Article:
Have you read 1 and 2 yet?
"And whoever welcomes a little child like this in my name welcomes me."
Jesus had a pretty high opinion of kids. The verse directly before the one above says that "whoever humbles himself like this child is the greatest in the kingdom of heaven." The one before that says, "Unless you change and become like little children, you will never enter the kingdom of heaven."
I think of these verses every time someone questions whether or not it is biblical to unschool. I think of these before I think of those about freedom. I think of these before I think of those about parenting. I think of these before I think of those about education. Why? Because no matter what else an unschooling journey is, it begins with the children. If it were not for the children, there would be no unschooling.
(I see you shaking your head. But, but... what about the verses about discipline? What about the "training" verses? I'll get to those, in my next - and final - post on the subject. This one is about the kids.)
I think children are wonderful (and it's a good thing, since I have four of them :)) but even I am pretty awed by the weight of the above verses. Not only are we to welcome children in God's name, not only are we to humble ourselves like children, not only are children the greatest in the kingdom of heaven... but we are to actually BECOME like children. Pretty strong words, don't you think?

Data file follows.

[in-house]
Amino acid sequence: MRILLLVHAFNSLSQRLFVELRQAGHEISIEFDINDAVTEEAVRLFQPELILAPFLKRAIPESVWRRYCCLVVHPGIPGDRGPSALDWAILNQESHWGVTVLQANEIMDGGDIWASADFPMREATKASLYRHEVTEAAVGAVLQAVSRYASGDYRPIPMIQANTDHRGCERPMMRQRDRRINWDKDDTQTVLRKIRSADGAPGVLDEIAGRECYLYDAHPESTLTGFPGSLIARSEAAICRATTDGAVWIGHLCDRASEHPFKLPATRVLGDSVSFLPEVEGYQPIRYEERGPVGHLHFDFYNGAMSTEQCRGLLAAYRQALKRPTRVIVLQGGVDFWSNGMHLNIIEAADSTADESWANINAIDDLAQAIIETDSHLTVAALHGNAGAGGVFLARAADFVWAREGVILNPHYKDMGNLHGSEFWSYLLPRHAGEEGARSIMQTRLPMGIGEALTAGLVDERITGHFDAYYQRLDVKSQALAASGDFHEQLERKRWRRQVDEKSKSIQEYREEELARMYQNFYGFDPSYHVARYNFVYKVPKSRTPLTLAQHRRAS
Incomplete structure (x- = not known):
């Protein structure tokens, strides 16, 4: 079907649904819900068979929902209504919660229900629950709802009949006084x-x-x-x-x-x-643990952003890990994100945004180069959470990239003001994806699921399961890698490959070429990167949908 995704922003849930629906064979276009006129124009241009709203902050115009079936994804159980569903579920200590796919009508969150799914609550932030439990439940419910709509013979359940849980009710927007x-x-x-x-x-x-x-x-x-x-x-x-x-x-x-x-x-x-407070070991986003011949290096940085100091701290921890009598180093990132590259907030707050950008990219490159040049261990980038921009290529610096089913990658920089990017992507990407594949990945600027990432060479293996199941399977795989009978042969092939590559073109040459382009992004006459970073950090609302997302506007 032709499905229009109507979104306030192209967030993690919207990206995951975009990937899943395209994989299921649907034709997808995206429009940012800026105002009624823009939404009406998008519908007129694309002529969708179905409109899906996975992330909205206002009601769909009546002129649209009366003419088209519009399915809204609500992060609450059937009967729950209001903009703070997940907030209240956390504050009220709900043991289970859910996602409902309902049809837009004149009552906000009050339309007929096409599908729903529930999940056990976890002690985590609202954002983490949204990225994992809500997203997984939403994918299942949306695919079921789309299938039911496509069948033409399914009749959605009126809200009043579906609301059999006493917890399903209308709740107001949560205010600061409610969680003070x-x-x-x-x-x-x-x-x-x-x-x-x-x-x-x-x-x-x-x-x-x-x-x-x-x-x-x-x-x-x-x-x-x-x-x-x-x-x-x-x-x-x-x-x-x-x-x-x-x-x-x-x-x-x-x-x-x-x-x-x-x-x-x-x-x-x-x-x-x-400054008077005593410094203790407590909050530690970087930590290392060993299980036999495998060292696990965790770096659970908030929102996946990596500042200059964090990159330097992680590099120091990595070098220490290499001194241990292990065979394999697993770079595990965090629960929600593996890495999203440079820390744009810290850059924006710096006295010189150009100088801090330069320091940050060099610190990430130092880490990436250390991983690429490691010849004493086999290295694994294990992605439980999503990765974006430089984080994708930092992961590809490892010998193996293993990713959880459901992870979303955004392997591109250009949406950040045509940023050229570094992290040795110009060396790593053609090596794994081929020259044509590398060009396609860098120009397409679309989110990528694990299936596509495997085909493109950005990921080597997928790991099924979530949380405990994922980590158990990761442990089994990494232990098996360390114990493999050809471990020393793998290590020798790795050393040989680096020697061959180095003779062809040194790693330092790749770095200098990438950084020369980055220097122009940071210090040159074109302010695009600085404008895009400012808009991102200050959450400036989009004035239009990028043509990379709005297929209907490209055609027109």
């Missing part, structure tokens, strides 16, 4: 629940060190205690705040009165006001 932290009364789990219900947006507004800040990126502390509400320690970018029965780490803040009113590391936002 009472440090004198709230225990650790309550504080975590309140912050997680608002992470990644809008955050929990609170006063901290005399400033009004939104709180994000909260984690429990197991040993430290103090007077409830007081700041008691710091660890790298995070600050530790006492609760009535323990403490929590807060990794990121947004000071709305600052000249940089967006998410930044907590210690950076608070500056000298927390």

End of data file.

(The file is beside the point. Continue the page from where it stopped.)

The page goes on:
BECOME like children...
I know a lot of adults who could stand to become more like children. Children naturally have so many beautiful traits that are so often lost as they become adults! I don't ever want my children to lose that certain something... that part that believes in magic, and miracles, and the goodness of others. I don't want them to rush to grow up. I don't want them to lose their spark, or lose their love of life, or lose their love of learning. I don't want them to ever lose their faith.
full of wonder
innately curious about the world around them
They are specifically, and perfectly, and uniquely created, exactly as they are. They are not potential productive members of society... they are productive members of society right now. They are deserving of being treated with dignity and respect. They are not - as many would have you believe - second class citizens.
I have four children. They all have their own personalities, their own interests, their own passions, their own styles of learning. They all have their own unique sense of self. They all have their own paths. I want to honor that, and honor them, the way Jesus honored children. One of the ways I choose to do that is by unschooling. By spending my days with them. By nurturing my relationship with them. By guiding them and helping them and trusting them. By giving them the freedom to live and learn in their own way at their own pace in their own time.
Unschooling (and homeschooling in general) is not right for every family. Absolutely! But I can't help but think that no matter what educational route we choose, as parents we still have the right, and the responsibility, to love our children as fiercely as Jesus did. To respect them, to appreciate them, to honor them, exactly as they are, exactly where they are. To in fact hold them in such high regard that we view them as examples of what we ourselves want to become.